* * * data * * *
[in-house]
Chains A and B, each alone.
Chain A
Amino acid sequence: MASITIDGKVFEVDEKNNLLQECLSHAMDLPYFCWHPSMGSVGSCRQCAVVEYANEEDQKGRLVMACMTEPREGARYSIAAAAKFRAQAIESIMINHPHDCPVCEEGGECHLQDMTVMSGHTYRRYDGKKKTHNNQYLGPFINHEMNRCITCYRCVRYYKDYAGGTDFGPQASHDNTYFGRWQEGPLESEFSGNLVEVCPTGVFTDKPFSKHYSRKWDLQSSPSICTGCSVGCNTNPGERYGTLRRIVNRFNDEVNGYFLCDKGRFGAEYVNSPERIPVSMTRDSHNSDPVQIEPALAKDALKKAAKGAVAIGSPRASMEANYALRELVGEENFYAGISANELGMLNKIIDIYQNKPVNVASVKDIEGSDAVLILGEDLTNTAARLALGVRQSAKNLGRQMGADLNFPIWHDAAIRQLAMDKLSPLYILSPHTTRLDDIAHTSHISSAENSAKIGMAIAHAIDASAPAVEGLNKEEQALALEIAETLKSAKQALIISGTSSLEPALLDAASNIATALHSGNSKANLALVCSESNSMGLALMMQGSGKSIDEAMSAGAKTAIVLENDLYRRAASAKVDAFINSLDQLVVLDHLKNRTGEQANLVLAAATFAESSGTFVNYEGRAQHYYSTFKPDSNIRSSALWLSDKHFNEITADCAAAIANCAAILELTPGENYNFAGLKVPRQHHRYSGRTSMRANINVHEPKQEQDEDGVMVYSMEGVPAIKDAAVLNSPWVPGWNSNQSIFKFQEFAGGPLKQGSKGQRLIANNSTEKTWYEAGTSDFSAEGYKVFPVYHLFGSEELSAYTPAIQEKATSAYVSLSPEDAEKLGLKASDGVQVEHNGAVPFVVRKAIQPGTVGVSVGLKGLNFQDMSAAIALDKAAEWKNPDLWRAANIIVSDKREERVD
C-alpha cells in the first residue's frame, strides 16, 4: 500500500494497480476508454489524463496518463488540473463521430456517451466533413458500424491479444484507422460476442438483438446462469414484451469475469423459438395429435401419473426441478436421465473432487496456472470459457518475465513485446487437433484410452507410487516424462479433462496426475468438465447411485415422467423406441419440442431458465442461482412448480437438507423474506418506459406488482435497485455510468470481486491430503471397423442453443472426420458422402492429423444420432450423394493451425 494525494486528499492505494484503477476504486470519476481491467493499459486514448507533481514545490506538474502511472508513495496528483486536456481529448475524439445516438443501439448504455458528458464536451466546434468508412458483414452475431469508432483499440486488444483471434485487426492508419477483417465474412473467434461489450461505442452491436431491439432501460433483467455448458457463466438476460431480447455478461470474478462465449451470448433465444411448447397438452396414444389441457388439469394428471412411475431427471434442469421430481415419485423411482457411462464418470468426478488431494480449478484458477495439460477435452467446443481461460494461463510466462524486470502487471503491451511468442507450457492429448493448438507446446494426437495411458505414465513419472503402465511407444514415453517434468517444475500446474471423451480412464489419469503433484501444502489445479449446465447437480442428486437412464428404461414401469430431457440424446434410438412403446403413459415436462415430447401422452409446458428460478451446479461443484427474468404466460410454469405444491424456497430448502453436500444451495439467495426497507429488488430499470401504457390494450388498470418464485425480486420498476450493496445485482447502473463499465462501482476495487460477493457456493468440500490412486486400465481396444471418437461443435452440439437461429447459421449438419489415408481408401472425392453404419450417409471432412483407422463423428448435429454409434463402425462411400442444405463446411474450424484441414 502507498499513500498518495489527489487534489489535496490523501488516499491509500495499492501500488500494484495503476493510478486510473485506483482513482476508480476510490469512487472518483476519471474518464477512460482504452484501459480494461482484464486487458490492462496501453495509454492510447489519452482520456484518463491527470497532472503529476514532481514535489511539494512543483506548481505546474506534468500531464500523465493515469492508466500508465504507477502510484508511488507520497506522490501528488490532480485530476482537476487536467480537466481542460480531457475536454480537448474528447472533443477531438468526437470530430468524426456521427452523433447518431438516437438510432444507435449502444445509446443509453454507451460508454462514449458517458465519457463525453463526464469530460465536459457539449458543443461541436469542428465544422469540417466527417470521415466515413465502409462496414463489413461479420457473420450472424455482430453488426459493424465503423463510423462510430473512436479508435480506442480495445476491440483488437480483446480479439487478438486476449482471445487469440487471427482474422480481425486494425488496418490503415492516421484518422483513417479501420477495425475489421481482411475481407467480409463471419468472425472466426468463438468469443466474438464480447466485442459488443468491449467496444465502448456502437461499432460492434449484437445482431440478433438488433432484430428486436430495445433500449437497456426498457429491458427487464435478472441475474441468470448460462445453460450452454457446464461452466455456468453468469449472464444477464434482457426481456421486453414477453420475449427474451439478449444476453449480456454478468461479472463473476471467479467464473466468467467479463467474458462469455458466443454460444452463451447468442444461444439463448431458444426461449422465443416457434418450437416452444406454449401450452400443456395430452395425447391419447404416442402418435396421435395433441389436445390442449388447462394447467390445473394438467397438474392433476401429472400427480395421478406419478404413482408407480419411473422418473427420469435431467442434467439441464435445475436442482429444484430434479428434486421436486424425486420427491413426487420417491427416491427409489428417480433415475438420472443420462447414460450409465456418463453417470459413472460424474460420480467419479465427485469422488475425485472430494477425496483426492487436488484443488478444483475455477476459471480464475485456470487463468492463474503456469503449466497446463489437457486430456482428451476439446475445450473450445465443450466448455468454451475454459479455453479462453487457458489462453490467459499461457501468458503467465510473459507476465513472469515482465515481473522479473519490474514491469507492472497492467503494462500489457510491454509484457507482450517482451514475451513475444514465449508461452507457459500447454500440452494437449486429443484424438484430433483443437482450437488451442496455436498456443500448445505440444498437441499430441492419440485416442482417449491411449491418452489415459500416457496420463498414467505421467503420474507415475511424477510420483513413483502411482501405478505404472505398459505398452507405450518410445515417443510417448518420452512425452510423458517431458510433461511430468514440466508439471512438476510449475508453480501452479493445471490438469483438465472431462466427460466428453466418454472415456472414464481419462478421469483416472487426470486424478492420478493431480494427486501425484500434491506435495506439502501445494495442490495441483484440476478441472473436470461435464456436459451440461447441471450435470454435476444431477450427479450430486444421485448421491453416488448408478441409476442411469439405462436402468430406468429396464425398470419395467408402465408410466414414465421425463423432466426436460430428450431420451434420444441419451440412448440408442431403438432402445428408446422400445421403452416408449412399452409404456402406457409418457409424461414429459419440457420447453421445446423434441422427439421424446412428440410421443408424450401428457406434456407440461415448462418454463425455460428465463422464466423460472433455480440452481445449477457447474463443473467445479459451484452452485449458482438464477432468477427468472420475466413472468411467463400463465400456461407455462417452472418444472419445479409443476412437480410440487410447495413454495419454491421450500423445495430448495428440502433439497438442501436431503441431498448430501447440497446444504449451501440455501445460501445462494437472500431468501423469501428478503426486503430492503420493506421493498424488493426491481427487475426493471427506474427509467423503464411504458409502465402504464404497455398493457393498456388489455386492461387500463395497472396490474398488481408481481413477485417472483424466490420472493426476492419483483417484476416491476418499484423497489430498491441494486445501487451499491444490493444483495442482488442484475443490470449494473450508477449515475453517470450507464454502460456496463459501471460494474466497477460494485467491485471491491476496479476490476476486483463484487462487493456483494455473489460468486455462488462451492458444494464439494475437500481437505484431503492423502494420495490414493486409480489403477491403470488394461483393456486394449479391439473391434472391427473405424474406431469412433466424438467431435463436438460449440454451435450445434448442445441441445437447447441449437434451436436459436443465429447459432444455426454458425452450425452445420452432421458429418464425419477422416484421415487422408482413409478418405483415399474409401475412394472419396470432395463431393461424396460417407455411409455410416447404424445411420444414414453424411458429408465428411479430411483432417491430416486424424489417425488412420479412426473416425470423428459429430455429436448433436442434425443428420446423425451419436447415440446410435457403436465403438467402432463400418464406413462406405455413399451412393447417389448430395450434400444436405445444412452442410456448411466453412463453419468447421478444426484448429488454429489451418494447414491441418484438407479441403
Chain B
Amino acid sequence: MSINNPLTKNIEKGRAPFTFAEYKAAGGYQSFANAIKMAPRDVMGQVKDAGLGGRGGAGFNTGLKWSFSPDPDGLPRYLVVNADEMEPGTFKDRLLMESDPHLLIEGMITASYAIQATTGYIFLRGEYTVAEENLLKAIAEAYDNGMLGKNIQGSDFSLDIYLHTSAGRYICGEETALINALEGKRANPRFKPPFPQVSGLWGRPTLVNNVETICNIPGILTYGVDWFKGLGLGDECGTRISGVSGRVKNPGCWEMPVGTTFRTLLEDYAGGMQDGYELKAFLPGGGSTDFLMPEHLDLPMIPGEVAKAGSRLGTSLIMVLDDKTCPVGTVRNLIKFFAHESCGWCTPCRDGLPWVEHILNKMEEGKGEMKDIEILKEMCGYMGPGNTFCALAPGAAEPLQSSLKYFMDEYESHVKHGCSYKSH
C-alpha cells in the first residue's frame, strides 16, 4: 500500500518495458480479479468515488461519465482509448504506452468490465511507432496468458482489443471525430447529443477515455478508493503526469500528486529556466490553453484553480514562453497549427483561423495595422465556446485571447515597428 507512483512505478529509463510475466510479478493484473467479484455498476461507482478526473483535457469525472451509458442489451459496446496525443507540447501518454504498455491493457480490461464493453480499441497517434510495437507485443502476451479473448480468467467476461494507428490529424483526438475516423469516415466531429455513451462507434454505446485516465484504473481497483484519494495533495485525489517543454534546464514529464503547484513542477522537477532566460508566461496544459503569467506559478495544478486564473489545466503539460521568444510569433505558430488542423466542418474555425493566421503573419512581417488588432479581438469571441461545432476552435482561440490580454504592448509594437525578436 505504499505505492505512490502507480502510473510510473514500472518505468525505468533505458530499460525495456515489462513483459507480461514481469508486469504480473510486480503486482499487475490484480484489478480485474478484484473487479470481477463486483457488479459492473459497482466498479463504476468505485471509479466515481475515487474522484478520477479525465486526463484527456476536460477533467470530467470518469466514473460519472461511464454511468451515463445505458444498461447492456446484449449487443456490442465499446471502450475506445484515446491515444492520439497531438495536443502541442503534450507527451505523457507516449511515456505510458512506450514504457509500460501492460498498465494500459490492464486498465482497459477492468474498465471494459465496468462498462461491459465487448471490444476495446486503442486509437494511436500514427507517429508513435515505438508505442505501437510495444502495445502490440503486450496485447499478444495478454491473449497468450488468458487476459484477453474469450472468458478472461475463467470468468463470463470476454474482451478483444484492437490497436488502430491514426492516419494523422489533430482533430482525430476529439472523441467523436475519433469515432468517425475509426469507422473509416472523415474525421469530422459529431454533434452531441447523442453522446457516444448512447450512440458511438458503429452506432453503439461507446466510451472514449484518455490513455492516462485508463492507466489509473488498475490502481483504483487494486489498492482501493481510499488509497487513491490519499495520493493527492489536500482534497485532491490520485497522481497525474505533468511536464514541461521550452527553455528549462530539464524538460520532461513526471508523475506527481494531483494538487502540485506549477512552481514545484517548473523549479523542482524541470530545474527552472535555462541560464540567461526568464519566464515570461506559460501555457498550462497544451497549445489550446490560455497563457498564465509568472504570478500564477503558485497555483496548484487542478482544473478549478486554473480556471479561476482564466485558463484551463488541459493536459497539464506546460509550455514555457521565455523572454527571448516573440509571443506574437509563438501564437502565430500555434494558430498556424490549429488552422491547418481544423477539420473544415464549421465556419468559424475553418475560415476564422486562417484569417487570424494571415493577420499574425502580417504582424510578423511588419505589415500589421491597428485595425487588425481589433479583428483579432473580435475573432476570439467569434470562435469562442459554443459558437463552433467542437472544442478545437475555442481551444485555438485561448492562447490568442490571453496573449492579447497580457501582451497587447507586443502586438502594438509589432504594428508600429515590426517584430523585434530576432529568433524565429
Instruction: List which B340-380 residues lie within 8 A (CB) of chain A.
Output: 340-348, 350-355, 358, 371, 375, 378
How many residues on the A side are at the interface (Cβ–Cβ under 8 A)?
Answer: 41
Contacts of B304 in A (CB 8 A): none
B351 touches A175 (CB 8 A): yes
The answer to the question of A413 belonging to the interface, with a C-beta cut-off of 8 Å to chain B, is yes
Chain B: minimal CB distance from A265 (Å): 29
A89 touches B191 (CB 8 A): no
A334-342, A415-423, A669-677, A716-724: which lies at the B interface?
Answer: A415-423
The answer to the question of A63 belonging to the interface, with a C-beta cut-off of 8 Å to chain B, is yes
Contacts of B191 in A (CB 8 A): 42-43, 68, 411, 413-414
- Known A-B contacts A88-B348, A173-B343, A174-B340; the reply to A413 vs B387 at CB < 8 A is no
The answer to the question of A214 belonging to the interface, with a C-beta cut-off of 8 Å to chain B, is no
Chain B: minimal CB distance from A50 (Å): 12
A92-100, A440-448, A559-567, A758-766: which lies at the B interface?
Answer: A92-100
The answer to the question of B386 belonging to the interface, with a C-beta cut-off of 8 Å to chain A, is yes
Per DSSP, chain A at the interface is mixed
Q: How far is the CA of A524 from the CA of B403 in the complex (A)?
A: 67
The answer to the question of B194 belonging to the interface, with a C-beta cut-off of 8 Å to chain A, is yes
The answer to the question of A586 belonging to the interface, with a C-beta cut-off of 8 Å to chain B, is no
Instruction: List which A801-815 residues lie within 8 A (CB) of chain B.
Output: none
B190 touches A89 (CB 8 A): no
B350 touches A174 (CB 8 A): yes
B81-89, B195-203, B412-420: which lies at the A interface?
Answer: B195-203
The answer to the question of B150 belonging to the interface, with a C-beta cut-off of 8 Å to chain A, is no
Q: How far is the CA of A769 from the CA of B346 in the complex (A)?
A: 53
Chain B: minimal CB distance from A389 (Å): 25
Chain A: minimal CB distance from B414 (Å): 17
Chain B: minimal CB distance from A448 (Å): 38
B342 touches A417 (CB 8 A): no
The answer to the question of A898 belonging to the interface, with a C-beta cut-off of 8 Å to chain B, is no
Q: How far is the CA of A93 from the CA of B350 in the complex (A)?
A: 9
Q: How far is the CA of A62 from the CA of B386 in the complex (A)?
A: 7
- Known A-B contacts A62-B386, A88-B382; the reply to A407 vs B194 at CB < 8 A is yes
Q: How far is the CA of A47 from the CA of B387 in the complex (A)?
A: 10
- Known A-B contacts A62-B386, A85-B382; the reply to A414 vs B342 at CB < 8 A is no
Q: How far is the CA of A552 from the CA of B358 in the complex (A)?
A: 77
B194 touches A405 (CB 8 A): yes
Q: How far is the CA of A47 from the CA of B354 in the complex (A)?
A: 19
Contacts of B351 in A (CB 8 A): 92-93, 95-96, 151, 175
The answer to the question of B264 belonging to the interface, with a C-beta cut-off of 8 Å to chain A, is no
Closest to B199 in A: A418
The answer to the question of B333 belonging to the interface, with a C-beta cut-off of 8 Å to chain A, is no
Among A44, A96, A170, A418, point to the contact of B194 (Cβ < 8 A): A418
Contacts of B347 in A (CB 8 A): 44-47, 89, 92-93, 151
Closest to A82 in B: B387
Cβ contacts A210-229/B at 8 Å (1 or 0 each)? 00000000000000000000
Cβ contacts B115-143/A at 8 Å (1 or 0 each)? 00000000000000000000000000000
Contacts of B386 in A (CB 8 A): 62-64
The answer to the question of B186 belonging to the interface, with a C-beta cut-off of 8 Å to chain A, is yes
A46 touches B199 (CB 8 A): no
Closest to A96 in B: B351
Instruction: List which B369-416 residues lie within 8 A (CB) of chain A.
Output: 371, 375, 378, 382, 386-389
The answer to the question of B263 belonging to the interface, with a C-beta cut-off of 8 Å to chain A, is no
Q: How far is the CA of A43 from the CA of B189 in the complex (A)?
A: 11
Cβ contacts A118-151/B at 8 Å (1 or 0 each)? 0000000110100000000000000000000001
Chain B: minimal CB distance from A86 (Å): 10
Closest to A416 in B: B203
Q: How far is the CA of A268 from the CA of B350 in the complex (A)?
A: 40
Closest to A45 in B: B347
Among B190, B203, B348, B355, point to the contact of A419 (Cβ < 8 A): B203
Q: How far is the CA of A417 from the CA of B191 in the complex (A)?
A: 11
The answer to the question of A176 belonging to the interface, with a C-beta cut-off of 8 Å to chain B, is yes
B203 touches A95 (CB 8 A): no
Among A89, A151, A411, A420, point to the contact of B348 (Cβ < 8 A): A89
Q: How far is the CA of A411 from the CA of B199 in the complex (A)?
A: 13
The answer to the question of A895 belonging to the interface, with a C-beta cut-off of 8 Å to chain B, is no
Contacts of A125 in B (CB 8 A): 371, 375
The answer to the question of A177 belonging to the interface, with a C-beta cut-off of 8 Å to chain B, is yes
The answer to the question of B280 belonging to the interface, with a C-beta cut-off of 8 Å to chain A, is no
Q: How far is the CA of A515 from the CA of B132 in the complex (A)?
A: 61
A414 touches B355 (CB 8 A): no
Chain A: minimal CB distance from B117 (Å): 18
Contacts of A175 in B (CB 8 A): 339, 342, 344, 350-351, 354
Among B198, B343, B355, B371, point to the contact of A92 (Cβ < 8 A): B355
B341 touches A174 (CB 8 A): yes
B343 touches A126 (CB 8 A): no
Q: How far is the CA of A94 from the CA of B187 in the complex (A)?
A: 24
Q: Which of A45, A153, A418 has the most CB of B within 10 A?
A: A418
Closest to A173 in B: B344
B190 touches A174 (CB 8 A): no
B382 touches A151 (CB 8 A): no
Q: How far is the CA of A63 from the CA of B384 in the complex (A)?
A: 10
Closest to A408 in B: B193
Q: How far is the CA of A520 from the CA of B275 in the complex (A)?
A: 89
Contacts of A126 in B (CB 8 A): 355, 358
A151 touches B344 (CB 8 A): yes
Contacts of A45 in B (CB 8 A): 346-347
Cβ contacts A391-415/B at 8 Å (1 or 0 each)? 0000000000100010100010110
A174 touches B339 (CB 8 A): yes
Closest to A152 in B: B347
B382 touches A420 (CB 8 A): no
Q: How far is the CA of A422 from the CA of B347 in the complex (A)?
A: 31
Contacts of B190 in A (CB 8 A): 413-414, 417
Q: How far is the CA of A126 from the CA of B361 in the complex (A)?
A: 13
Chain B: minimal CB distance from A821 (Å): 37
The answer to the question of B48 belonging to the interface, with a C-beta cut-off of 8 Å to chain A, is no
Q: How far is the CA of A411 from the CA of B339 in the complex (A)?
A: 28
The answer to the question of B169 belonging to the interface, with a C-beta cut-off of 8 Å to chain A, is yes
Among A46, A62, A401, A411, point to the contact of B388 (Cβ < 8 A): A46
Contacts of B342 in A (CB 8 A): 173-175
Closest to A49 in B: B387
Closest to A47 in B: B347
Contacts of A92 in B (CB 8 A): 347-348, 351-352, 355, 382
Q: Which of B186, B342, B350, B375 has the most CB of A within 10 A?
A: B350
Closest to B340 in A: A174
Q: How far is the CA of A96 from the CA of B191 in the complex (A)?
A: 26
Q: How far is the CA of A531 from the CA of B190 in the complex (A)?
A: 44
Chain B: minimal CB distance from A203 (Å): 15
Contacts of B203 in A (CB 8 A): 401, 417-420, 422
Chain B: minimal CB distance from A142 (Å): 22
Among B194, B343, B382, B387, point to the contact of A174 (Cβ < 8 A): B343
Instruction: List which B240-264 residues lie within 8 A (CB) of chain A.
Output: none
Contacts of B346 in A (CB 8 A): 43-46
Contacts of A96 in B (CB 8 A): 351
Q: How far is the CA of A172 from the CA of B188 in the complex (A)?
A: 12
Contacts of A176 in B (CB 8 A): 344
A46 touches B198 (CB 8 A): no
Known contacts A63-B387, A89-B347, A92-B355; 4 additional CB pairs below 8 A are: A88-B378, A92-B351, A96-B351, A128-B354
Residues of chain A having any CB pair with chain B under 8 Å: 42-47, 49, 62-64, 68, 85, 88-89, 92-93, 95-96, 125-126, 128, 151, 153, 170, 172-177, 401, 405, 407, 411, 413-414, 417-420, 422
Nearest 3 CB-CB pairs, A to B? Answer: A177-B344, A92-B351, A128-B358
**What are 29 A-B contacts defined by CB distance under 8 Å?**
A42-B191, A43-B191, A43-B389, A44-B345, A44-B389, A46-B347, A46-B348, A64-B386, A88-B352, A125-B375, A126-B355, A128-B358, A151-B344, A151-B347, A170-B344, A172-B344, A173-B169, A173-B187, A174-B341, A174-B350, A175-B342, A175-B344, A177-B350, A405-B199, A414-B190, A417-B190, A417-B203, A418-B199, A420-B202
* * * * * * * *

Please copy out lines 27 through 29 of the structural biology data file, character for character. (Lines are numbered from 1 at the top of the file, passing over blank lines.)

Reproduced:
The answer to the question of B386 belonging to the interface, with a C-beta cut-off of 8 Å to chain A, is yes
Per DSSP, chain A at the interface is mixed
Q: How far is the CA of A524 from the CA of B403 in the complex (A)?